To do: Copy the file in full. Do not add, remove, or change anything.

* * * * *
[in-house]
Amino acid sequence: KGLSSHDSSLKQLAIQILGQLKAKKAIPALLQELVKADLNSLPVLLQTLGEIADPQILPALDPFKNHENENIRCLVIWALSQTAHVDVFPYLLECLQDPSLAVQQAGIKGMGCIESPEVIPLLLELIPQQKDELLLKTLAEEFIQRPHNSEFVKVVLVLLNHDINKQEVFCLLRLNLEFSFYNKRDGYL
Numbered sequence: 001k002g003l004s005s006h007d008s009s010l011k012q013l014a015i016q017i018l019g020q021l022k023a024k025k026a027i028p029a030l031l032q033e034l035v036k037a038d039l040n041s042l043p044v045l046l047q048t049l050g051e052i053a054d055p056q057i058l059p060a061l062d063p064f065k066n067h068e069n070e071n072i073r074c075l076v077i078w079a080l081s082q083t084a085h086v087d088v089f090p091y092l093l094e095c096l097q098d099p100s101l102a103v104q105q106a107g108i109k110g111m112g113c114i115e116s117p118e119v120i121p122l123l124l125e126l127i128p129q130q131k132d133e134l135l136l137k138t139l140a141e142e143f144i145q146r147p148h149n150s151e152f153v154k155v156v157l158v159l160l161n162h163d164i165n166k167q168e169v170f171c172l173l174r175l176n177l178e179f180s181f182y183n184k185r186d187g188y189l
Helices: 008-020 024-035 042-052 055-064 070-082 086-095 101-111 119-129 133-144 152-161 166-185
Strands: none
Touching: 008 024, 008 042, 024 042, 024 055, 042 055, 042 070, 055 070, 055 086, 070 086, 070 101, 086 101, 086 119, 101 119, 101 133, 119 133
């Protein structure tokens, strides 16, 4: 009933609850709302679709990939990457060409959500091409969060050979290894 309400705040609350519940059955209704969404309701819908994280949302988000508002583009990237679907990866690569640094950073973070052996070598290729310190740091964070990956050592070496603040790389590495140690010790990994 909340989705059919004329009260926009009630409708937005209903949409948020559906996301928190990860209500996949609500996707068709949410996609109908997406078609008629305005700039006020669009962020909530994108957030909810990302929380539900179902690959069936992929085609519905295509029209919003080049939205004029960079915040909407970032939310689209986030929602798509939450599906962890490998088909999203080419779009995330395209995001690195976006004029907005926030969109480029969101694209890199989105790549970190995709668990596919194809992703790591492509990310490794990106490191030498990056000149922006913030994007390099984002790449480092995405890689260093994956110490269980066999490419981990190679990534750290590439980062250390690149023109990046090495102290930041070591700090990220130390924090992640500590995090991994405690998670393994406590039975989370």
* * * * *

[in-house]
Amino acid sequence: KGLSSHDSSLKQLAIQILGQLKAKKAIPALLQELVKADLNSLPVLLQTLGEIADPQILPALDPFKNHENENIRCLVIWALSQTAHVDVFPYLLECLQDPSLAVQQAGIKGMGCIESPEVIPLLLELIPQQKDELLLKTLAEEFIQRPHNSEFVKVVLVLLNHDINKQEVFCLLRLNLEFSFYNKRDGYL
Numbered sequence: 001k002g003l004s005s006h007d008s009s010l011k012q013l014a015i016q017i018l019g020q021l022k023a024k025k026a027i028p029a030l031l032q033e034l035v036k037a038d039l040n041s042l043p044v045l046l047q048t049l050g051e052i053a054d055p056q057i058l059p060a061l062d063p064f065k066n067h068e069n070e071n072i073r074c075l076v077i078w079a080l081s082q083t084a085h086v087d088v089f090p091y092l093l094e095c096l097q098d099p100s101l102a103v104q105q106a107g108i109k110g111m112g113c114i115e116s117p118e119v120i121p122l123l124l125e126l127i128p129q130q131k132d133e134l135l136l137k138t139l140a141e142e143f144i145q146r147p148h149n150s151e152f153v154k155v156v157l158v159l160l161n162h163d164i165n166k167q168e169v170f171c172l173l174r175l176n177l178e179f180s181f182y183n184k185r186d187g188y189l
Helices: 008-020 024-035 042-052 055-064 070-082 086-095 101-111 119-129 133-144 152-161 166-185
Strands: none
Touching: 008 024, 008 042, 024 042, 024 055, 042 055, 042 070, 055 070, 055 086, 070 086, 070 101, 086 101, 086 119, 101 119, 101 133, 119 133
């Protein structure tokens, strides 16, 4: 009933609850709302679709990939990457060409959500091409969060050979290894 309400705040609350519940059955209704969404309701819908994280949302988000508002583009990237679907990866690569640094950073973070052996070598290729310190740091964070990956050592070496603040790389590495140690010790990994 909340989705059919004329009260926009009630409708937005209903949409948020559906996301928190990860209500996949609500996707068709949410996609109908997406078609008629305005700039006020669009962020909530994108957030909810990302929380539900179902690959069936992929085609519905295509029209919003080049939205004029960079915040909407970032939310689209986030929602798509939450599906962890490998088909999203080419779009995330395209995001690195976006004029907005926030969109480029969101694209890199989105790549970190995709668990596919194809992703790591492509990310490794990106490191030498990056000149922006913030994007390099984002790449480092995405890689260093994956110490269980066999490419981990190679990534750290590439980062250390690149023109990046090495102290930041070591700090990220130390924090992640500590995090991994405690998670393994406590039975989370």